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  • Jennifer Nehrer

When the News Goes Out of Business

In an age dominated by electronic media, print newspapers are finding themselves in jeopardy of financial troubles and, in the worst-case scenarios, going completely bankrupt. The world of journalism in DC has already seen such casualties: on September 12, 2019, Washington Post Express, a free daily newspaper that had been distributed by The Washington Post across the DC area for the previous 16 years, printed its final issue before shutting down for good. The Express’s final headline blamed the digital age for its untimely closure, reading: “Hope you enjoy your stinkin’ phones.” The paper’s website also ceased updating after its final issue was published. The loss of the Express was a disappointing blow to its 200,000 daily readers in Washington, DC.

Another local newspaper in Washington, DC shared the same fate earlier in 2019. The Current, a local weekly newspaper that served the residents of Northwest DC for 52 years, was forced to abruptly cease publishing after their May 8 issue, because it went bankrupt. The

roughly 100,000 recipients of its weekly publication were left without a newspaper to cover neighborhood-specific events, including school news, a police blotter, local events, and more. Much like the Express, The Current has not updated its website since shortly after the closure was announced.

With the loss of The Current, the “local” newspaper for residents of Northwest DC became The Washington Post. And, of course, a national newspaper such as The Post is not equipped to accurately cover local news, especially after The Post’s loss of the Express months later. This is especially relevant when The Post’s editorial board endorses a candidate in DC’s local elections. Because not all of their staff lives in the District, there is no guarantee that they are all thinking in the city’s best interests, or with the perspective of a DC resident. Such a move can potentially be incredibly harmful to the city’s government, policies, and residents in the long run.

Losing the Express and The Current meant that their combined 300,000 daily and weekly readers in the DC area lost a connection to their local news on paper and online; and although there are other local news outlets in DC, other areas where this has happened are not so lucky. According to a report by Penelope Muse Abernathy, Knight Chair of Journalism and Digital Media Economics at UNC’s Hussman School of Journalism and Media, in the United States, “[m]ore than one in five papers has closed over the past decade and a half [as of 2018].” As a result, she says, “Half of the 3,143 counties in the country now have only one newspaper, usually a small weekly [publication]… [and] [a]lmost 200 counties in the country have no newspaper at all.” Therefore, thousands of Americans are left without a newspaper to read about what is happening around them. And while some may be able to access the internet in order to get informed, Abernathy notes that other citizens live in what she calls “news deserts,” defined as “a community, either rural or urban, with limited access to the sort of credible and comprehensive news and information that feeds democracy at the grassroots level.” In short, many who have been left without a local newspaper may not have an online alternative. This leaves a significant amount of the country at a huge disadvantage and creates room for misinformation to spread, which can impact citizens both on a local and national level.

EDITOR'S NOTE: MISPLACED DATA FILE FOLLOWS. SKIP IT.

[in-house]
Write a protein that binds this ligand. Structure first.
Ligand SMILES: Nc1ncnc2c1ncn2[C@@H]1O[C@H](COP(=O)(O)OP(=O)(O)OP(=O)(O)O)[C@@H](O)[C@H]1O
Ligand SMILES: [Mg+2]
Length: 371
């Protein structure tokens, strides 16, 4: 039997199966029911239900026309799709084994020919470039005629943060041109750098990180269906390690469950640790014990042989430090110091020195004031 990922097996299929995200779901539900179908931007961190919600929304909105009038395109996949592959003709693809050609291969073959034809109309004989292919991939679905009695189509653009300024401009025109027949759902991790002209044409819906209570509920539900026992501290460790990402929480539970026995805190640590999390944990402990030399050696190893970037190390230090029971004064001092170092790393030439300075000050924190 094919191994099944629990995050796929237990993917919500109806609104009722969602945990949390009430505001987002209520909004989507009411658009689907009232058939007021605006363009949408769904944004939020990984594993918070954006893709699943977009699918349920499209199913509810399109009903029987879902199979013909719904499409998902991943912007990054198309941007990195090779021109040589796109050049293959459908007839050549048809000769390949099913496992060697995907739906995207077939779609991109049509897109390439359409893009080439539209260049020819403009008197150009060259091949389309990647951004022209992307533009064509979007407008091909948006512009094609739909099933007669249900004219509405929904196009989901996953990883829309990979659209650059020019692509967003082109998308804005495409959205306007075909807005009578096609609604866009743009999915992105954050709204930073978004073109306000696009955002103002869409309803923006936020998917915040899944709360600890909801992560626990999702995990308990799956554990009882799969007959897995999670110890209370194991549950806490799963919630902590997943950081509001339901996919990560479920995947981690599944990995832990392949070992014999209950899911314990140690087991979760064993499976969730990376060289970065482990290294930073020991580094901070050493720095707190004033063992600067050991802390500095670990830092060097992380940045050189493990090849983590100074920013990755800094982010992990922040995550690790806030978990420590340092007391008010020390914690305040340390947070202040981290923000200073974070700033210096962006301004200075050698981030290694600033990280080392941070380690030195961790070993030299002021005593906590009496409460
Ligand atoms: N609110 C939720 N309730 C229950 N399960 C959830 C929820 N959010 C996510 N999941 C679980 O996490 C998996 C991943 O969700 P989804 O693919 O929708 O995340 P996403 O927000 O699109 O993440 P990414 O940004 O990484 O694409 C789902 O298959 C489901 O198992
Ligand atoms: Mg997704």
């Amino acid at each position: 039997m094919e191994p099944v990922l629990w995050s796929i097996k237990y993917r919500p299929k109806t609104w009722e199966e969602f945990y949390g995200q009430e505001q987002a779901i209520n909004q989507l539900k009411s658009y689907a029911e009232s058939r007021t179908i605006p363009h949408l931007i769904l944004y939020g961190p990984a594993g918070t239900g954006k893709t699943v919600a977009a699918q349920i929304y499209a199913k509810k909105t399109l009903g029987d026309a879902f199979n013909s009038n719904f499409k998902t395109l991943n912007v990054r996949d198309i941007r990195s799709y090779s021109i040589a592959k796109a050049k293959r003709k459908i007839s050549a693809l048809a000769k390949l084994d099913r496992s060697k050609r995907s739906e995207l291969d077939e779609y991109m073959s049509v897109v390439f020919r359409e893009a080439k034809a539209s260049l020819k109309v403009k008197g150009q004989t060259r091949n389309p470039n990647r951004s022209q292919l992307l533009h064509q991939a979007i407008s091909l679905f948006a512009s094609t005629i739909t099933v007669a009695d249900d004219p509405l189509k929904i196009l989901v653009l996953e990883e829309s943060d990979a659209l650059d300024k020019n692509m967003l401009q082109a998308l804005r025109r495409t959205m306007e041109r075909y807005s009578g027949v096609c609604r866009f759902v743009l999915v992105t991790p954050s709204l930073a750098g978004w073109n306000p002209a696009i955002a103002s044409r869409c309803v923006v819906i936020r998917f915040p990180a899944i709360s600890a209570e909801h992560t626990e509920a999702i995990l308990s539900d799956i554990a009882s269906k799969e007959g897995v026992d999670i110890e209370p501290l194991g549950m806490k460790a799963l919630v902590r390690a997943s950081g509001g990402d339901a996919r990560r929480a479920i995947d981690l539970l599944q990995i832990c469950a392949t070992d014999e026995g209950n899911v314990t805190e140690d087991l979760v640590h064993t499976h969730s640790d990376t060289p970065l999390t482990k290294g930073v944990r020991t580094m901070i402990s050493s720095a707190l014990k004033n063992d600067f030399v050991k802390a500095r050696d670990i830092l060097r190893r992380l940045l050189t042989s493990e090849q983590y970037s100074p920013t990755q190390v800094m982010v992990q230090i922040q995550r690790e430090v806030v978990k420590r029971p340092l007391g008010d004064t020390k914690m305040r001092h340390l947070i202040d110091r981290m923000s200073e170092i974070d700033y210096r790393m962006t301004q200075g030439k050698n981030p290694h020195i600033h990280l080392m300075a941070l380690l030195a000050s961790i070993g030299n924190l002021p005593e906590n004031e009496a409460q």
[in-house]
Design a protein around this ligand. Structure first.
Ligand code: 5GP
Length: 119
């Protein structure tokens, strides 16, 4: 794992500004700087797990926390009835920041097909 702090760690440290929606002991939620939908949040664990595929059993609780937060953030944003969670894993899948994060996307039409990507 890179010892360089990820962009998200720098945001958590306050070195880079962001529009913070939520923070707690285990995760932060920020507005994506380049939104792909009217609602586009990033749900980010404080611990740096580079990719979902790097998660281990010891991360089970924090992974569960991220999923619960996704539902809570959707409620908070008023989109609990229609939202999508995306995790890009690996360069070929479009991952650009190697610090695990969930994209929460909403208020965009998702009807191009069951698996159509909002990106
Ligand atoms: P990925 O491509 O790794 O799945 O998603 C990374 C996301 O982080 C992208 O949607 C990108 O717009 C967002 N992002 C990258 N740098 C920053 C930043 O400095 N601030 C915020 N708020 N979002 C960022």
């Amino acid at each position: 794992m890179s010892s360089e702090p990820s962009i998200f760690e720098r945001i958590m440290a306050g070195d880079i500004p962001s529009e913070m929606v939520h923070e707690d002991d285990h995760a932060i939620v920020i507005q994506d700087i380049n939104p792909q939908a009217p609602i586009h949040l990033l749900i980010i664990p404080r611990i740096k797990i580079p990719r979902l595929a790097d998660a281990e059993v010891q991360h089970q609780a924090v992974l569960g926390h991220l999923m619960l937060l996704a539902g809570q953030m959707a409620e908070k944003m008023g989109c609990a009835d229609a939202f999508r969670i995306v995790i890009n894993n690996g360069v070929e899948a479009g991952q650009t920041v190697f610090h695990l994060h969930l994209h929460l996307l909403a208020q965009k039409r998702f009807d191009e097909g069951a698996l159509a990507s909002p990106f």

In a year of both a major election and a worldwide pandemic, access to accurate news and information is incredibly important. People must be informed about decisions by local governments and local businesses, both of which greatly affect their daily lives. People who are unemployed need to have access to job listings for their area that traditionally show up in the local newspapers. Citizens must be able to stay on top of coronavirus updates in order to remain informed and to take care of their own health, as well as the health of their communities. Voters in every state need to remain informed on every campaign, both local and federal, as well as other news that can affect a candidate’s policy decisions, in order to make their best judgement on who to vote for when they head to the polls (or send in their ballots) in November. And since even the smallest stories can have an impact on our daily lives, it is crucial that news, both in print and online, remains accessible to readers nationwide so that everyone can stay up to date on current events and be prepared for what lies ahead.

This article originally appeared, in a different form, on the News Media Alliance’s website, and is reprinted here with permission.

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